I worked closely with Tony Dagnone, the former CEO of London Health Sciences Centre, on his presentation for the 2016 CHES Conference. Tony wanted to see some creative “whiteboard” illustrations to bring some visual interest to his narrative. For these animations, I used a combination of stock drawings and my own illustrations.

Most of the time, whiteboard animated videos include a recorded voice-over narration. For Tony’s presentation, I had to time the animations to his live narrative and split the animations to insert into Power Point. This way, an animation would finish before Tony would finish his taking point and remain on the final frame of the video, and he could finish talking before proceeding to the next slide / animation. We also worked collaboratively on streamlining his narrative text.

For some of the slides, a simple photograph sufficed. For others, we needed charts and graphs. Between the several types of media, Tony’s presentation had a great variety and dynamic.

The presentation was very well received, and Tony was complimented on the visual interest of his presentation.

This video is an excerpt of some of the “whiteboard” animations I completed, with my own reading of Tony’s narration.

Milky Way Photo at Algonquin Provincial Park

I’ve always had an interest in astro-photography, having previously taken star trail photos and of course, the moon. One subject I hadn’t yet tackled yet was the milky way, or at least the slim, tiny portion that’s visible from Earth.

The most important thing you need for successful astro-photography is a clear, dark sky. Knowing that I was going to spending a few nights in Algonquin Provincial Park, I wanted to take advantage of the opportunity.

Milky Way photo from Whitefish Lake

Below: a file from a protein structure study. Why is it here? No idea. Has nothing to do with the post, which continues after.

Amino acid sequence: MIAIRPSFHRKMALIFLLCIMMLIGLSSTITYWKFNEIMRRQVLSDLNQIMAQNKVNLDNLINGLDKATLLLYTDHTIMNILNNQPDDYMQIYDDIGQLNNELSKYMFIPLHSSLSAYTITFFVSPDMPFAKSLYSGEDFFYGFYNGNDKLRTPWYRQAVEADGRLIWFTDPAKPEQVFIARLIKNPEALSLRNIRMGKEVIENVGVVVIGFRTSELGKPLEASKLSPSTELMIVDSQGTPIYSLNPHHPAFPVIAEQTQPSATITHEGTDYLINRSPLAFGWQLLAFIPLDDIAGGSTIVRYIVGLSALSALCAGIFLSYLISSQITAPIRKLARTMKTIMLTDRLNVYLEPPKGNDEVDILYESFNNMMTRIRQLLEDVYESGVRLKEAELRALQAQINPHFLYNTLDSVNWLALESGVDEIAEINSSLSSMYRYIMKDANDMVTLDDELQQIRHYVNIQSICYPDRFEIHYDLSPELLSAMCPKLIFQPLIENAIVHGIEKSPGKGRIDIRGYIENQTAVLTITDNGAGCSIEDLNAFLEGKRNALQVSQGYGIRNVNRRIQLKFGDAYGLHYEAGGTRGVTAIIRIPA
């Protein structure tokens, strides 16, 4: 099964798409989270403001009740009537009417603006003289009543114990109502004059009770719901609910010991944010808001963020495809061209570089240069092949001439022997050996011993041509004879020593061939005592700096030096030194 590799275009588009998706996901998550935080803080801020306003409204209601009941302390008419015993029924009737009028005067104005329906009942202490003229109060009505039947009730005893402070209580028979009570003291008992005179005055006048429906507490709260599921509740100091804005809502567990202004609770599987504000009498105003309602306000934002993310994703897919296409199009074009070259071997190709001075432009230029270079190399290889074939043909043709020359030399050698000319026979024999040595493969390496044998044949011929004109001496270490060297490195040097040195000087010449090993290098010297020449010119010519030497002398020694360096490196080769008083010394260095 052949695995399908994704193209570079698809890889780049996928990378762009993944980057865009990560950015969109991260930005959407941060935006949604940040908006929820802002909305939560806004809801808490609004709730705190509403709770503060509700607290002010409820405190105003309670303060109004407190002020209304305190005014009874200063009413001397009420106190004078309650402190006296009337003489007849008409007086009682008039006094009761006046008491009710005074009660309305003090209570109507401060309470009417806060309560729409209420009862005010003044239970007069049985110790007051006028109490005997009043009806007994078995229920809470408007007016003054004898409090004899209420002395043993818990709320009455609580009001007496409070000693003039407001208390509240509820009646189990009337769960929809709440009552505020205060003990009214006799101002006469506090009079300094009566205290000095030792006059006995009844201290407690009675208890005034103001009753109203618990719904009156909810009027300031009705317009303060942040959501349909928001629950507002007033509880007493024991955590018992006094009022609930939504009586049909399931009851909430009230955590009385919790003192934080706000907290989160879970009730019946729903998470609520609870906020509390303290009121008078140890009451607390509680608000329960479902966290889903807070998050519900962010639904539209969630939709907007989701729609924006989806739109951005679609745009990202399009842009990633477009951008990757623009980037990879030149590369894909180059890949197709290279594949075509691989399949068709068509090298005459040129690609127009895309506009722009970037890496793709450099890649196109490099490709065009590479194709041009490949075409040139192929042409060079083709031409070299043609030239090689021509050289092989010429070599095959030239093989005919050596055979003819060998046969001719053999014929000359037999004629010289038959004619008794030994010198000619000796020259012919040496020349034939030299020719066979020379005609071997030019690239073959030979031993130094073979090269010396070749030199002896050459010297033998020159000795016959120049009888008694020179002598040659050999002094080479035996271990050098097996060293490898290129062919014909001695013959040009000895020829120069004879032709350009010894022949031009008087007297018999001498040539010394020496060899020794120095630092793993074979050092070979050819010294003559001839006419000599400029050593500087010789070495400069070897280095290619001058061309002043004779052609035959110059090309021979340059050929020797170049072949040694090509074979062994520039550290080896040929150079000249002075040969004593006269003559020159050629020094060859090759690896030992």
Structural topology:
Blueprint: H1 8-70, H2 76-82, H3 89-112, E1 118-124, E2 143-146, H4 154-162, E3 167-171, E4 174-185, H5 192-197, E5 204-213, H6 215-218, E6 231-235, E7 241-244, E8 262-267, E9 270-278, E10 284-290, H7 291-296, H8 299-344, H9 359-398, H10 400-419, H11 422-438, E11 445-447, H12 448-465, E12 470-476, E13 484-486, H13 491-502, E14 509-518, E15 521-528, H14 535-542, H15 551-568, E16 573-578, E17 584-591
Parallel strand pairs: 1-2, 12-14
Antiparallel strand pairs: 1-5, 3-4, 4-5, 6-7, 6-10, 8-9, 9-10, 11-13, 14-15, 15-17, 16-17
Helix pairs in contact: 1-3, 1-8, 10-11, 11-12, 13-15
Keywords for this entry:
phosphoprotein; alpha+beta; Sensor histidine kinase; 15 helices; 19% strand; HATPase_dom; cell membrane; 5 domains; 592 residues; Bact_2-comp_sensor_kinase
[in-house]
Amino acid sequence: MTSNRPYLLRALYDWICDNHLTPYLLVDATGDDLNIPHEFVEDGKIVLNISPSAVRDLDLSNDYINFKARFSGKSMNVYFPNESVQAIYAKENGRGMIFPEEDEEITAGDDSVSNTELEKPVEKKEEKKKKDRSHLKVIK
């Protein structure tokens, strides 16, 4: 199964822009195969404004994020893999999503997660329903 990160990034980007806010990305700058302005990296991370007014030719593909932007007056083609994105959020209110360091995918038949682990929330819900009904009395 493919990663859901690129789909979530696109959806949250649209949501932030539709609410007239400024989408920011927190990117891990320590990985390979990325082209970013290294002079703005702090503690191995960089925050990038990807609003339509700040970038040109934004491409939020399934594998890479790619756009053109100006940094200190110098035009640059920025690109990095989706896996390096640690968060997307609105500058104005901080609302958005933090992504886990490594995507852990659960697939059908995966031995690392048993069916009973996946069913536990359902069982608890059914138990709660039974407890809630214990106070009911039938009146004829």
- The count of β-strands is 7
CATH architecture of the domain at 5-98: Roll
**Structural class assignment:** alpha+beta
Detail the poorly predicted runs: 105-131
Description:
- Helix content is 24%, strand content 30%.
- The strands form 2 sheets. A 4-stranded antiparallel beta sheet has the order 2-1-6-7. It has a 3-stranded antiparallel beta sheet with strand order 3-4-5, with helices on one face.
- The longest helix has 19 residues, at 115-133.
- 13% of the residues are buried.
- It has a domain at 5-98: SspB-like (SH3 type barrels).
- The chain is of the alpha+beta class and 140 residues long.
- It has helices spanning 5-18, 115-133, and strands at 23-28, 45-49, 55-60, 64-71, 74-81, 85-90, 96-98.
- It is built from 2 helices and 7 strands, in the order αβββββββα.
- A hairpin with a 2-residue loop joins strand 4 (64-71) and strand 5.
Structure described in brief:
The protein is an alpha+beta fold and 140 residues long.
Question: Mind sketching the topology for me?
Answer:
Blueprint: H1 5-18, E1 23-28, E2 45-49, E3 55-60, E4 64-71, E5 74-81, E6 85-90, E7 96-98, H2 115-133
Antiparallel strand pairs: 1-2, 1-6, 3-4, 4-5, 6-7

Nikon D7000 with Sigma 10-20 DX lens at 10mm, f/5.6 at 30s and ISO 3200

I did some research online, finding a few helpful articles. Even with a relatively dark sky, the band of dense stars is faint and hard to make out with the naked eye. Enter a smartphone app, Sky Guide, to help me out. Run the app, point is at the sky, and it tells you in real time what you’re looking at. The greatest thing about the app is the ability to fast forward in time, to see where celestial objects will be, say, four hours from now. As a starting point, I knew that I needed to be facing south to see the milky way.

The first day at Algonquin, I staked out a spot near a river and dam that faced south over the water. Sky Guide told me that the moon would be out, and it would be full. A full moon, according to my research, is bad; bye-bye dark sky. Still, I tried it out, and sure enough, I ended up with dim star points on a gray sky. The location was less than ideal, too, as the close trees obscured much of the milky way.

I figured that with the moon being full and only starting to wane, my hopes of a good shot were diminished. The next two days at the park brought rain and cloud cover.

On day five, I spent the sunset taking photos at our campground’s beach (which faced north). While waiting for dusk, I looked again at the Sky Guide app to see what other opportunities might be in store for my final night before returning to the light polluted city. Sunset was just before 9 pm. I fast forwarded the time to 10 pm and turned my phone south to see a projection of the milky way. I then tried to locate the moon. Nowhere in the sky. What’s this? It’s below the horizon until after 11 pm!

So, I had a clear night and an invisible moon. The third thing I needed was a clear view south. I checked the park map for a close by location. The neighbouring campground, Whitefish Lake, had a south facing beach. Perfect!

Excited, I ventured out after dark and arrived at Whitefish Lake just after 10 pm. The beach was vacant and dark. It was Monday night, and the campground was relatively empty.